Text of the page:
Faial is located in the central group of the Azores archipelago, and is part of the so-called “triangle islands”, together with São Jorge and Pico, separated by the Faial Channel, a narrow arm of the sea with about 8 km.
The island occupies an area of about 172 km2, with a length of 21 km and a maximum width of 14 km. It was discovered in 1427 and colonized in 1432 by many Flanders natives. It would receive the name of Faial because there are many beeches (faia) here. But no island can be so proud of such immense masses of hydrangeas, in different shades of blue, that frame the houses, separate the fields, and embroider the roads, justifying the title of “Blue Island”.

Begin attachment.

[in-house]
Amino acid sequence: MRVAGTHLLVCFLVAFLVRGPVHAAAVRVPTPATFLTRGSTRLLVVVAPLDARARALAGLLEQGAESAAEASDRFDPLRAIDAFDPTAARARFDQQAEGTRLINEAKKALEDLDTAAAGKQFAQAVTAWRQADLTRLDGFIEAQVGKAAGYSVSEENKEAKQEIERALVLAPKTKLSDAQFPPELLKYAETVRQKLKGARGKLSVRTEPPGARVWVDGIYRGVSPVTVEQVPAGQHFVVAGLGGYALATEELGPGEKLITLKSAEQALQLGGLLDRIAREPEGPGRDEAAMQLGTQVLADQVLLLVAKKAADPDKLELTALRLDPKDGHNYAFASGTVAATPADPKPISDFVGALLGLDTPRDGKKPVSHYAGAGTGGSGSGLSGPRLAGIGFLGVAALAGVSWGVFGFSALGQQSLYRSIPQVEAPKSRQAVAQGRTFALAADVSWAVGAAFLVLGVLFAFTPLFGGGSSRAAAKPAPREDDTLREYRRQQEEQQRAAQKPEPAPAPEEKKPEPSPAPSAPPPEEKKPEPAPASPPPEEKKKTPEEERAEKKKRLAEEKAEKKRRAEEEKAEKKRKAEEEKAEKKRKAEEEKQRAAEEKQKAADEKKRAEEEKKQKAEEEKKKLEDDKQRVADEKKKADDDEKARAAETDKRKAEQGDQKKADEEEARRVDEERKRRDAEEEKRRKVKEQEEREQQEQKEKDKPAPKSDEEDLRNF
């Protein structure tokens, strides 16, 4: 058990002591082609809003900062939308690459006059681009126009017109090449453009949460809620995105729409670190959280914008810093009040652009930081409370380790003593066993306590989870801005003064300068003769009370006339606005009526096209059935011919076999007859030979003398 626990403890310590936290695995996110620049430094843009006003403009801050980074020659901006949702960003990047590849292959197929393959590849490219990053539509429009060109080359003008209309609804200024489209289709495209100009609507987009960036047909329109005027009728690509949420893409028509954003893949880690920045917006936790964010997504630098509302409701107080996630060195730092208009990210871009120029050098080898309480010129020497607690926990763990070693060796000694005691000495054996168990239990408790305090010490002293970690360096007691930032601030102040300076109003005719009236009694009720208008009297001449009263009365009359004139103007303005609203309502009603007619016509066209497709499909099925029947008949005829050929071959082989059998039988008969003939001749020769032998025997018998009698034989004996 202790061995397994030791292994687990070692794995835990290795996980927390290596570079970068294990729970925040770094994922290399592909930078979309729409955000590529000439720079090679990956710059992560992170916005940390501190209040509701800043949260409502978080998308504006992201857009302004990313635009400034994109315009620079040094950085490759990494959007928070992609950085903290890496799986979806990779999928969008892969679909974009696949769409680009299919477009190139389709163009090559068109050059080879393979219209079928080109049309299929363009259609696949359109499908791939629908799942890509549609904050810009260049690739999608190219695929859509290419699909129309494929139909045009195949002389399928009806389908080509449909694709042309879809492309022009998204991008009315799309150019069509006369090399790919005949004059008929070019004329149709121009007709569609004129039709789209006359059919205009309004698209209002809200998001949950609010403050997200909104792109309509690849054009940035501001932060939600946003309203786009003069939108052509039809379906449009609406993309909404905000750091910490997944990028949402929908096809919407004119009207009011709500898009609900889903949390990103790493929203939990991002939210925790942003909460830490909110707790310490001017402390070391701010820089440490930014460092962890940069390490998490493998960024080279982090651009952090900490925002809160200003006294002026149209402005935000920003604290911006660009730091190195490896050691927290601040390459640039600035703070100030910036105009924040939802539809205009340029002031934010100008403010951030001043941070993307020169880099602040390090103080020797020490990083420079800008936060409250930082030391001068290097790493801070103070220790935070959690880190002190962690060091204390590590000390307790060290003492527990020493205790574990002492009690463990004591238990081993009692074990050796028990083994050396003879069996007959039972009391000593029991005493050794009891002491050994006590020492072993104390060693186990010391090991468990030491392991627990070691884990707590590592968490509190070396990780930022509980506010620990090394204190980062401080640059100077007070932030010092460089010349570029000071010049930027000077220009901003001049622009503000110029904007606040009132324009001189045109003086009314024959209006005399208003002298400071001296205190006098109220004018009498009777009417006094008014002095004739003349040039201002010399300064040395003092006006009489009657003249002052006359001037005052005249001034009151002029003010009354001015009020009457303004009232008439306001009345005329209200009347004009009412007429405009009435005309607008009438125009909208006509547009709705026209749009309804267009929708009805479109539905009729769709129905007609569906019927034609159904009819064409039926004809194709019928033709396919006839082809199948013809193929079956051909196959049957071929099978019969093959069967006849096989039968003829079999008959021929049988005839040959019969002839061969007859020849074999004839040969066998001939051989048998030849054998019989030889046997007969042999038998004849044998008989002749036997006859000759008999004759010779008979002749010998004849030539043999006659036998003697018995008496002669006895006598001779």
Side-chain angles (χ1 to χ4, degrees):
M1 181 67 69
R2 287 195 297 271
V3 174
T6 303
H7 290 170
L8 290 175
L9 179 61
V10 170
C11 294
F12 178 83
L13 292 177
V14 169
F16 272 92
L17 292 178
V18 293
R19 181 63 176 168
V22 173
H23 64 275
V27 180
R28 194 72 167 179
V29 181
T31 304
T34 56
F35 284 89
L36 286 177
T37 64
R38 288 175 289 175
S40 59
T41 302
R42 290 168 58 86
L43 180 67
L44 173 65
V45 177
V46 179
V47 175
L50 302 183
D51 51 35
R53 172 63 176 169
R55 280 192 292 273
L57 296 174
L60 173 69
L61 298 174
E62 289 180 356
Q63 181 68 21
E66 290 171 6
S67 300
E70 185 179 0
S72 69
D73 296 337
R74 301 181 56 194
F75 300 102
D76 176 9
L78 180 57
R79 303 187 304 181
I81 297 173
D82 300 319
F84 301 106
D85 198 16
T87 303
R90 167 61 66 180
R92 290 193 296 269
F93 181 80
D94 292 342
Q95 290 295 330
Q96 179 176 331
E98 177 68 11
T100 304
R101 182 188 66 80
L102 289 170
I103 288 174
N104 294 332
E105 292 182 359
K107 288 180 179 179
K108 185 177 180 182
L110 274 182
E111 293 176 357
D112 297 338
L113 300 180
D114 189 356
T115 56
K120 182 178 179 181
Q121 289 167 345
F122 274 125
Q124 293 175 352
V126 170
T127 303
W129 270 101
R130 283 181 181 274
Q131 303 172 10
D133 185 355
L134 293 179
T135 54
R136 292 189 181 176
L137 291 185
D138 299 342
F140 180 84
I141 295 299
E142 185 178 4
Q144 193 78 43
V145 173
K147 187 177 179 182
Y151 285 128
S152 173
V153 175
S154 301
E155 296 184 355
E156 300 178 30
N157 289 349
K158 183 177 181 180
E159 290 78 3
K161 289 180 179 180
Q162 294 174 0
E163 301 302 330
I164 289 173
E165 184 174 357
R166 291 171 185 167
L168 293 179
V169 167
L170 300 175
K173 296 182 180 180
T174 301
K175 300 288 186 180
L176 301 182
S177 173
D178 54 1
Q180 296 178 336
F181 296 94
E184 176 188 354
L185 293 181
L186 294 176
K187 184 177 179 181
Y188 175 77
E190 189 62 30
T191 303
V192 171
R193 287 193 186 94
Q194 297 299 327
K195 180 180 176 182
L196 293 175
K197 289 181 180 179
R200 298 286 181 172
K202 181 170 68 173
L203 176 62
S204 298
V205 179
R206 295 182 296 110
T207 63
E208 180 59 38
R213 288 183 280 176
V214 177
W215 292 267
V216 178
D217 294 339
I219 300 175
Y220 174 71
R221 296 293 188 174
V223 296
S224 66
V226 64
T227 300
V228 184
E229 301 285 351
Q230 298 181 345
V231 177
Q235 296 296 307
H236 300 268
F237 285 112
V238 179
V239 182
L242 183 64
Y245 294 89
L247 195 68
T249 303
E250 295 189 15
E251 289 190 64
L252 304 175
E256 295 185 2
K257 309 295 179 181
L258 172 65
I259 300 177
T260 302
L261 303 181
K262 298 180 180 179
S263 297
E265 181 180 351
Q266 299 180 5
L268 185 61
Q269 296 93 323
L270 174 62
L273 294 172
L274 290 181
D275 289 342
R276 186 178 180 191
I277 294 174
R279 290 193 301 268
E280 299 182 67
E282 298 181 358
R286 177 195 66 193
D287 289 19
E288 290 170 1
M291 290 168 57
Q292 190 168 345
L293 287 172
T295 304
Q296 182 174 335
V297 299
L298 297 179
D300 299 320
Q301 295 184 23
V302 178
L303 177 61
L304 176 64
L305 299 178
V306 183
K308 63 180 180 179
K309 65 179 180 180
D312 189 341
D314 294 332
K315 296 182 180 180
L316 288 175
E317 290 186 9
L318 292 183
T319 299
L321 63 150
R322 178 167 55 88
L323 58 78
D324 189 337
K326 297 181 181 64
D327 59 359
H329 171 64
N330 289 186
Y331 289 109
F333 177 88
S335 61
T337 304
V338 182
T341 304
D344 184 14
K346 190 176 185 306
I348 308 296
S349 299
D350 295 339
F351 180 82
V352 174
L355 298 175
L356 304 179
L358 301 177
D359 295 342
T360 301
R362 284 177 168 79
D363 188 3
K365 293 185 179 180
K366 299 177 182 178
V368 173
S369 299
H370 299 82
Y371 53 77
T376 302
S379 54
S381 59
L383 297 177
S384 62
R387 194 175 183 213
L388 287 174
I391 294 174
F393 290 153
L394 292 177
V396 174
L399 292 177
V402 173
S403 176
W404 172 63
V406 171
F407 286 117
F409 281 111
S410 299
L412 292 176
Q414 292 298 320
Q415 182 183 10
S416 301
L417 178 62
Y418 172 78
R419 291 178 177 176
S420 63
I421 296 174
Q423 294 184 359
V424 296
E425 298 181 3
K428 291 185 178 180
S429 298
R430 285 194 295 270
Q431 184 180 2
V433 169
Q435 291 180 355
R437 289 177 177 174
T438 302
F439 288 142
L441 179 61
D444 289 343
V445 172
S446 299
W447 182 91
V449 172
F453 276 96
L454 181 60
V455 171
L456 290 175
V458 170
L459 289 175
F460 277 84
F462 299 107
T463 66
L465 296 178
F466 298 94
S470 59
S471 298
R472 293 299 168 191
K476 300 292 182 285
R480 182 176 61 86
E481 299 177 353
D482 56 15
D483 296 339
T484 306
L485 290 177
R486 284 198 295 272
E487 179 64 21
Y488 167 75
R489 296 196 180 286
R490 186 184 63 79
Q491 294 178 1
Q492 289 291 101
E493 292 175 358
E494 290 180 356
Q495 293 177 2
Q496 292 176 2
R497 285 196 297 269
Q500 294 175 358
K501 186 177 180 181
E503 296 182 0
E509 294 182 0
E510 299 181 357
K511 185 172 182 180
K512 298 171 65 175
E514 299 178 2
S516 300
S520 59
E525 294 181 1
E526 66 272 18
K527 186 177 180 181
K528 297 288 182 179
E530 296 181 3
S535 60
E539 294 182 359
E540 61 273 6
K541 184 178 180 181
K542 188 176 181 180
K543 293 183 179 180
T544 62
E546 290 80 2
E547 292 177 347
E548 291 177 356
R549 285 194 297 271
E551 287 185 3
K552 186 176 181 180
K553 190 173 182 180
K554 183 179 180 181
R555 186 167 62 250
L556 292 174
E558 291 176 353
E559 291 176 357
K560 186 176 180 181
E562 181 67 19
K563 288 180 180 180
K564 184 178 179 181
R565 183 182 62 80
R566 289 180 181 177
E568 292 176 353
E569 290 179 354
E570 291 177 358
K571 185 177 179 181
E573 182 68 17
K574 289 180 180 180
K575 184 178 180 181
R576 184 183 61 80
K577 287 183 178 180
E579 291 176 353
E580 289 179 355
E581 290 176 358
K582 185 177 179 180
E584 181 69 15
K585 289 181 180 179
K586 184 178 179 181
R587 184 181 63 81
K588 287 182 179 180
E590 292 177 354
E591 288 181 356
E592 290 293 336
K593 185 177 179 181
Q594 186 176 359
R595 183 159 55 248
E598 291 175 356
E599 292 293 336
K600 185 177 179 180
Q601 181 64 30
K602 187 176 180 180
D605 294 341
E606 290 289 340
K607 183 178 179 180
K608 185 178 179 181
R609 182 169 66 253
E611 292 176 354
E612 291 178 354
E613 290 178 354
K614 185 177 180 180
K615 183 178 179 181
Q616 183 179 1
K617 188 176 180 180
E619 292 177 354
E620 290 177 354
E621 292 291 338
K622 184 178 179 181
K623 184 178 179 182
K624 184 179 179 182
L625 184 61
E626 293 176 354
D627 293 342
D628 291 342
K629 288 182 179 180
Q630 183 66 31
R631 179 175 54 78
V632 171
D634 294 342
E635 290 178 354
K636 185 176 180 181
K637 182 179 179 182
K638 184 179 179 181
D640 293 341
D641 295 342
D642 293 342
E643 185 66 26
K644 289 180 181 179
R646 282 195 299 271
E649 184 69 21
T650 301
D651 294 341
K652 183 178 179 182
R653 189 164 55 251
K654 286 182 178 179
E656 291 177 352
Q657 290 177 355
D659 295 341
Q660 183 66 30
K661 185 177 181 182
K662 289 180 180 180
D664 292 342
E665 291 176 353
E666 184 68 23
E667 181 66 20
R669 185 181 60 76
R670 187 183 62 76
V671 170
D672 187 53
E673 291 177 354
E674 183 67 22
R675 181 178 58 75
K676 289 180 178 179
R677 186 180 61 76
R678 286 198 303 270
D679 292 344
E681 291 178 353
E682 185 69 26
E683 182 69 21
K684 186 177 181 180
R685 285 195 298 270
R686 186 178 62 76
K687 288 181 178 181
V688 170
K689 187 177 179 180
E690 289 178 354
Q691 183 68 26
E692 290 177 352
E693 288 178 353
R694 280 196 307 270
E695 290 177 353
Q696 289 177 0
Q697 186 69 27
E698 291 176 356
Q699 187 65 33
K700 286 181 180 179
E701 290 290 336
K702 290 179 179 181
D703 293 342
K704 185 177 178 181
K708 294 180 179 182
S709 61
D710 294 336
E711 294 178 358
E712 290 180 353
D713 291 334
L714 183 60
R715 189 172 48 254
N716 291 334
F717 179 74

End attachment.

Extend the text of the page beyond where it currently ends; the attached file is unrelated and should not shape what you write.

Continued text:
From the 17th century onwards, Faial underwent a profound development, becoming an important trading post, due to its geographical position as a safe port between Europe and the Americas. More recently, it was the hub of communications between continents and today is an obligatory point of reference for international yachting.
The climate is temperate and mild, with low thermal amplitudes. The highest temperatures are recorded in August and the lowest in February. The average temperatures by seasons are as follows: spring 16ºC (60ºF), summer 21ºC (70ºF).